Click and hold the middle mouse button while dragging to create a rectangle at top right corner of the image. You can see the selection box that is created in Mobility Sim as a red rectangle.
Once you’ve selected the upper right corner of the floor plan, release the middle mouse button. You will see your selection handles appear for the object and control point.
Right-click and select Adjust.
Input the dimensions corresponding to this real-world office space. You can do this in the Adjust dialog under the Length and Width columns (X=Length, Y=Width).

To find these dimensions, I revisited the Revit model for this office space floor plan and found that my building dimensions are roughly 80 meters wide and 64 meters long. Click Apply, then OK when you have input the dimensions. Do not close the Adjust dialog yet.

Next, scroll to the right in the Adjust dialog and checkmark the Fixed column for this row, then click Apply, OK, then Close.

The image is now scaled and fixed properly. Press Esc. on your keyboard to de-select the image if it is currently selected.
Use the scroll bar on your mouse to zoom in and verify that the dimensions are accurate.
Now we are ready to start placing mobility elements in our transportation network, such as destination areas and walkways.

Let’s start by evaluating how employees might show up for work and enter the main entrance on the west side of the building, starting from the parking lot, and continuing into the building until they reach their desks.
To do this, we will create an area representing the parking lot in front of the office building, which is the entrance point for employees leaving their cars and beginning to walk towards the office building.

Right-click, and select Area > New Area at Cursor. (Hint: the area will be placed at the location of the cursor, at a size that is relative to your zoom level in the model. For geometric accuracy, zoom in when creating the area. You may need to try this a few times to find the right sizing for your purposes).

For example, in the image below, we’ve moved the image with a simple right-click and drag operation, then zoomed-in so the cursor is located in the main parking lot outside the front entrance of the building.
Once the area is placed, you’ll notice that every vertex and the origin hold an origin icon and four arrows. The geometry of each vertex and arrow can be modified separately when selected individually using the middle mouse cursor selection method.

Next, let’s place another area in the model, representing a destination for employees who enter the building (most likely this would be their desks or office rooms).

For the sake of simplicity, let’s assume that 25 employees will be arriving at this building between 8:00 am and 9:00 am, they will park in the front parking lot, and will proceed along one route to the same large shared office room (like a large open-office or cubicle room).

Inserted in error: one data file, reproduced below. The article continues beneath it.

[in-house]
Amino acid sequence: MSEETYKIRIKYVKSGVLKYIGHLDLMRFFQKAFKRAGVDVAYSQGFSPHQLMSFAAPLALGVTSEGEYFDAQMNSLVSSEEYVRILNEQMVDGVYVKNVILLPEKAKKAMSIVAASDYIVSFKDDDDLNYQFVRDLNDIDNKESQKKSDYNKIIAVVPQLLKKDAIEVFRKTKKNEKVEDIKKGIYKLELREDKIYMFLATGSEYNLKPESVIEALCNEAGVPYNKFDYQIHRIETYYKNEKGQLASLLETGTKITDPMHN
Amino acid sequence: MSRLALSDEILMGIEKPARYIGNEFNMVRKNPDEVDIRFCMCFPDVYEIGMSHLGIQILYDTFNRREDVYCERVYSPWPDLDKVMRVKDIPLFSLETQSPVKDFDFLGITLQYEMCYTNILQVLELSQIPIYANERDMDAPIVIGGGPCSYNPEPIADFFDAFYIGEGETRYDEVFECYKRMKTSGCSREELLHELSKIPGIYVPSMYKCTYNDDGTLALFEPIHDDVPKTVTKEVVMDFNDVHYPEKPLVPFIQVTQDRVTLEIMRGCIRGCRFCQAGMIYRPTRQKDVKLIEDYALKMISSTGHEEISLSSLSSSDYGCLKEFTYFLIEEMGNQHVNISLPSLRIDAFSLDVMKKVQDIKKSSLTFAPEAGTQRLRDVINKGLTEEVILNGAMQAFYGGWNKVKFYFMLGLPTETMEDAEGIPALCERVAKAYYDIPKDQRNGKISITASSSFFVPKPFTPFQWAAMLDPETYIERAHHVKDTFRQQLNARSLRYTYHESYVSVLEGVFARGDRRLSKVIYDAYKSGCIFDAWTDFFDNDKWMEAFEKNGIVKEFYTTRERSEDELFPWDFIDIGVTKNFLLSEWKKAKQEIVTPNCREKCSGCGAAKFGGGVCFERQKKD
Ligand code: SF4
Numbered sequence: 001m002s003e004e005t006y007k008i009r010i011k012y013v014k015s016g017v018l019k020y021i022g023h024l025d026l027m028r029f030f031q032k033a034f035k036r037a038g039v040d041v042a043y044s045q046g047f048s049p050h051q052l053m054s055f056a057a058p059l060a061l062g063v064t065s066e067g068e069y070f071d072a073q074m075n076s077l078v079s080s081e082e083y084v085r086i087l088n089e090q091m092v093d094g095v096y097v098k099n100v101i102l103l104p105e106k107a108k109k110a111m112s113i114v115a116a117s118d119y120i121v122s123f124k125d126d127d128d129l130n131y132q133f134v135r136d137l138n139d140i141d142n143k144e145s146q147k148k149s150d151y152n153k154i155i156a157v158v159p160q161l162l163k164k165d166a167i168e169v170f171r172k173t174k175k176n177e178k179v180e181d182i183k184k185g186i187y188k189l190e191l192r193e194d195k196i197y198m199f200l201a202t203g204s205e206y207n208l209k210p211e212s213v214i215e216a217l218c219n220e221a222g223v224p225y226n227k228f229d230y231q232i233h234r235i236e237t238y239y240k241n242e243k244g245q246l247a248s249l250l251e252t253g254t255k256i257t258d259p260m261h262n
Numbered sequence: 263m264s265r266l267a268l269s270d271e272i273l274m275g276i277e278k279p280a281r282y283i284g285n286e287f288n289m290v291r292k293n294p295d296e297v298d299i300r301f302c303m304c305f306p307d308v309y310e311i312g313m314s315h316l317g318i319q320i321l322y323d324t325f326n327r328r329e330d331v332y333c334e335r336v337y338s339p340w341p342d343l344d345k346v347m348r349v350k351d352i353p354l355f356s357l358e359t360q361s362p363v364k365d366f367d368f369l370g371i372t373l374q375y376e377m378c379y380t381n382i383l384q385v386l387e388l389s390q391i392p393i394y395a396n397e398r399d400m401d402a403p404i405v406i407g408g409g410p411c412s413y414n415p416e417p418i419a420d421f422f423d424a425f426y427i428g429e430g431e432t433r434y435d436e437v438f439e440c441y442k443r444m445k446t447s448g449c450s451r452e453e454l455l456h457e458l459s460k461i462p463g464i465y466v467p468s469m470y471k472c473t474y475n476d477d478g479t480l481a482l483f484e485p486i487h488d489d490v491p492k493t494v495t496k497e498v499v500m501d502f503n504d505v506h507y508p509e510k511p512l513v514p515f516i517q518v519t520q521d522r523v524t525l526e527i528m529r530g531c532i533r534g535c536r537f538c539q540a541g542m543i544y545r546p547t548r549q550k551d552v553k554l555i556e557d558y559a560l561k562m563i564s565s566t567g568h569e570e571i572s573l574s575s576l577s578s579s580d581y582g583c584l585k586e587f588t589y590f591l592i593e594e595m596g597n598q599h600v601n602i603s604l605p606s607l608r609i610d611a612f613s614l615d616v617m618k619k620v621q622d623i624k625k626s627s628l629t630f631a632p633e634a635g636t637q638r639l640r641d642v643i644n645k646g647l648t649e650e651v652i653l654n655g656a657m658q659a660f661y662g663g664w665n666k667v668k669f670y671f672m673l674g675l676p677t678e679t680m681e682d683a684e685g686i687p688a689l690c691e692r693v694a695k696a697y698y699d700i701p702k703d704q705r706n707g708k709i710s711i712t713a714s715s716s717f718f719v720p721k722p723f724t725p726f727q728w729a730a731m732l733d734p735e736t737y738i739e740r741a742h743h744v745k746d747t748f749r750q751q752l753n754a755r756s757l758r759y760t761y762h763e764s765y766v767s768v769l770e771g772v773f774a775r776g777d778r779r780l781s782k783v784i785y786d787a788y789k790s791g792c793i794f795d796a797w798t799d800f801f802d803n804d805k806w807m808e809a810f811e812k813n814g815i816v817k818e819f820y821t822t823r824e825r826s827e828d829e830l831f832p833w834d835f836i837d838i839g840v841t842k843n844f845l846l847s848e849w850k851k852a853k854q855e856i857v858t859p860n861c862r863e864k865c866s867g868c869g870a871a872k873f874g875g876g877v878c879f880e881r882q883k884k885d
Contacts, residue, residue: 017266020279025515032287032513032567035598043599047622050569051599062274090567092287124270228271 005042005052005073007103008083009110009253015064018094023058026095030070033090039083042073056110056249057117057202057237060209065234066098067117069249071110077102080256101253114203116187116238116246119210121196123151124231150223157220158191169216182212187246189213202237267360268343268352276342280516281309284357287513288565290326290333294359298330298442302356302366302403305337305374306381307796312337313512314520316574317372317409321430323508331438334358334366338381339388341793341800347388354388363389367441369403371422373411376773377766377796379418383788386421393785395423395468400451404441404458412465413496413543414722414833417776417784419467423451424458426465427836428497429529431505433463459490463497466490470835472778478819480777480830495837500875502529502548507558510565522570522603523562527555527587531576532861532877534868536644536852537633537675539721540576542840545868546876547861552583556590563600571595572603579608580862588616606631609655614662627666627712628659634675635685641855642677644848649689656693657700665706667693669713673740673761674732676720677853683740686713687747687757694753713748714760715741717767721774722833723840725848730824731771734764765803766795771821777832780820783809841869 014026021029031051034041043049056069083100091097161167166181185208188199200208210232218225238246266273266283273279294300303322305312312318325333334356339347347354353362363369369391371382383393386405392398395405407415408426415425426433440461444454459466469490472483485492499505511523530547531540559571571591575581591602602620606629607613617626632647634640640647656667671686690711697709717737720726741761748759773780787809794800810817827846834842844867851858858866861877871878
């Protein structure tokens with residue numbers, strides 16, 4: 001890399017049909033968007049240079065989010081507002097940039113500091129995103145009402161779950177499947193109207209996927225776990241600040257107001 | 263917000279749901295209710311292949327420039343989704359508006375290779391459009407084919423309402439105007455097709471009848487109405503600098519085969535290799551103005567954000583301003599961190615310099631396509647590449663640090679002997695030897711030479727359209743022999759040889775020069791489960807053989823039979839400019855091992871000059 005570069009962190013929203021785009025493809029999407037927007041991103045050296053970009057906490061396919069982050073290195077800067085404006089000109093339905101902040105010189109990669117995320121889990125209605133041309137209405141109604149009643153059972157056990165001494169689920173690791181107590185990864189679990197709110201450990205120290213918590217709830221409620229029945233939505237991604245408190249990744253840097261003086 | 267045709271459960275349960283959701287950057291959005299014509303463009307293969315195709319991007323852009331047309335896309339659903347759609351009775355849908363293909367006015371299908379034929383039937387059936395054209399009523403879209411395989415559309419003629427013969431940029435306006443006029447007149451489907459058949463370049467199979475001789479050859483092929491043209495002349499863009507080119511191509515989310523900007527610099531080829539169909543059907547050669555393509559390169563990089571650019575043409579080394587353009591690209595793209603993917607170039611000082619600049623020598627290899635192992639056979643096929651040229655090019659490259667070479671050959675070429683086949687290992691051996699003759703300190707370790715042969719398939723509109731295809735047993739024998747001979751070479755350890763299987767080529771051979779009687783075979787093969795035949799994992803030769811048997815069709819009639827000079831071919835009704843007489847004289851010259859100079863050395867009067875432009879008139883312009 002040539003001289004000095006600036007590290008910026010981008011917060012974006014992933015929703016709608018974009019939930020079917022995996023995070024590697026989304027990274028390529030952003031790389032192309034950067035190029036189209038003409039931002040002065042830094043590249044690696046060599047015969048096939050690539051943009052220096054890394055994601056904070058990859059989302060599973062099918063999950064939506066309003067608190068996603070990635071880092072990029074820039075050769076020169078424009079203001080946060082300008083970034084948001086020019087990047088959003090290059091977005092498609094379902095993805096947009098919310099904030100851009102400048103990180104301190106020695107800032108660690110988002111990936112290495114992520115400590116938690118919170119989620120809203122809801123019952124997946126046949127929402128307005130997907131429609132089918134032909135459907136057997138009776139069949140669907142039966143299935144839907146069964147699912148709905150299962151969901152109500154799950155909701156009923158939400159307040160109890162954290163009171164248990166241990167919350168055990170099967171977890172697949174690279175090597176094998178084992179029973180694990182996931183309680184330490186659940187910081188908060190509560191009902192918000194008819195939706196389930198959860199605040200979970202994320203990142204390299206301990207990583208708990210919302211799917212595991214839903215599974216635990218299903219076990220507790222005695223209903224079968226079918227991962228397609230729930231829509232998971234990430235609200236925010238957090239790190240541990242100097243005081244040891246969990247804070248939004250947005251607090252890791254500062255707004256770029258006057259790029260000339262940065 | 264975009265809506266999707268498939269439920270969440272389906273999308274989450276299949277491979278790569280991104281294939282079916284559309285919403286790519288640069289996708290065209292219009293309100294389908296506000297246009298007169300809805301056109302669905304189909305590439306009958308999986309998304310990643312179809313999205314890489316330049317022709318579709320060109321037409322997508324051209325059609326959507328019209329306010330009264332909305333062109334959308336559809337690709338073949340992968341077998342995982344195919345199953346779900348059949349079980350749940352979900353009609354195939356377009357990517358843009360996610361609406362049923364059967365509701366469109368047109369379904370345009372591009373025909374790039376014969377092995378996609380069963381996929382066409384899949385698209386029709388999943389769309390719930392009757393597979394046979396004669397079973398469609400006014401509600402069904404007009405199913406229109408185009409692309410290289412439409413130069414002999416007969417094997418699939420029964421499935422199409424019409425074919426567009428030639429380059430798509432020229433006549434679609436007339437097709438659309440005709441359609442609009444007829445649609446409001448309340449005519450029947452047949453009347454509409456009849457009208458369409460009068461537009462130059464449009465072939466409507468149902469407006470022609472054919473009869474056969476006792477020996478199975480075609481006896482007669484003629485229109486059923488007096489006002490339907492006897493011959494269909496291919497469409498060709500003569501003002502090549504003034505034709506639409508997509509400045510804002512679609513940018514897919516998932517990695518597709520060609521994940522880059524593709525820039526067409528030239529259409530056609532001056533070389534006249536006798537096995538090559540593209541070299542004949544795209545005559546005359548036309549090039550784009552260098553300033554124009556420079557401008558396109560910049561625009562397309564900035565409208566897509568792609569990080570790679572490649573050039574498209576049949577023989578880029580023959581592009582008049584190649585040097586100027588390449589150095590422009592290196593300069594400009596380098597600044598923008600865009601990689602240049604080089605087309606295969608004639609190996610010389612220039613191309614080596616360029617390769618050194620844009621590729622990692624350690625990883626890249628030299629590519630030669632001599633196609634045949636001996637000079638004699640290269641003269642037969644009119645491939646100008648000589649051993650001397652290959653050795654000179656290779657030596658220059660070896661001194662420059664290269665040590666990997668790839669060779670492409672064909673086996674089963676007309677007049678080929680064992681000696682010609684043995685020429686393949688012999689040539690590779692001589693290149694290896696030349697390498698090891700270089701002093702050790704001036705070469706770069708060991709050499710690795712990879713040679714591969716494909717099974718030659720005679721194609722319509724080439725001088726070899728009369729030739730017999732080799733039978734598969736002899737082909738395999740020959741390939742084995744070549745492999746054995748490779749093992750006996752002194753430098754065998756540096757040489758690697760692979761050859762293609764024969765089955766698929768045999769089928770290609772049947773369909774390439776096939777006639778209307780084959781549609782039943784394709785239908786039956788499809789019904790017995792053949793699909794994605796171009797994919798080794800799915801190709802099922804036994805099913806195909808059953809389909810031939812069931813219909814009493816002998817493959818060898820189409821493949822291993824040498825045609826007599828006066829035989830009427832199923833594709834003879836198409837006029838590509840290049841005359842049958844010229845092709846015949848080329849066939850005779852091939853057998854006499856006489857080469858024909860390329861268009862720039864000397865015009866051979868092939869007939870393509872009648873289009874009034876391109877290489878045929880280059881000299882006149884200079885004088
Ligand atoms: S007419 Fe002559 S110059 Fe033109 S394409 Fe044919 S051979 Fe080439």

What we can do here is copy-paste the first area that we just created to represent the parking lot, then move it to a different location in the building and modify the shape to fit the desired room. Middle mouse click-and-drag to draw a selection box over the corner of the area.
With the area now selected, right-click, select Edit > Copy.
Now, right-click and select Edit > Paste. The new area will be pasted on top of the existing one, and will be selected.
You can click and drag the selected copy of the area using your left mouse button. In the image below, you can see we have placed this second area at the location of a large corner office space.
Next, all we need to do is use the middle mouse button to select the right side of the area and re-size it to more accurately fit the office space. The image below shows how to use the selection box to do this. Once you’ve selected the appropriate vertices/lines in the area, use the left mouse button to click-and-drag for re-sizing.

This is what we’re looking for (shown in the image below). This second area that we’ve added to our mobility simulation model represents the destination for employees along the simulation route that we are currently creating.

Now that we have an entrance area and destination area in place in our model, let’s create our walkways. For the sake of simplicity in this demonstration, we’ll just create a single walkway.

To start creating a walkway, rotate the model so that the entrance area faces due west (the mobility simulation engine inserts walkways along the Y axis in your model by default, so this is just a quicker way to get started).

Now, right-click and select Walkway > New Walkway at Cursor.
At this point, to compensate for physical distancing, modify the default 2 meter width in the New Walkway dialog to a width that can only accommodate a single pedestrian on a one-way path.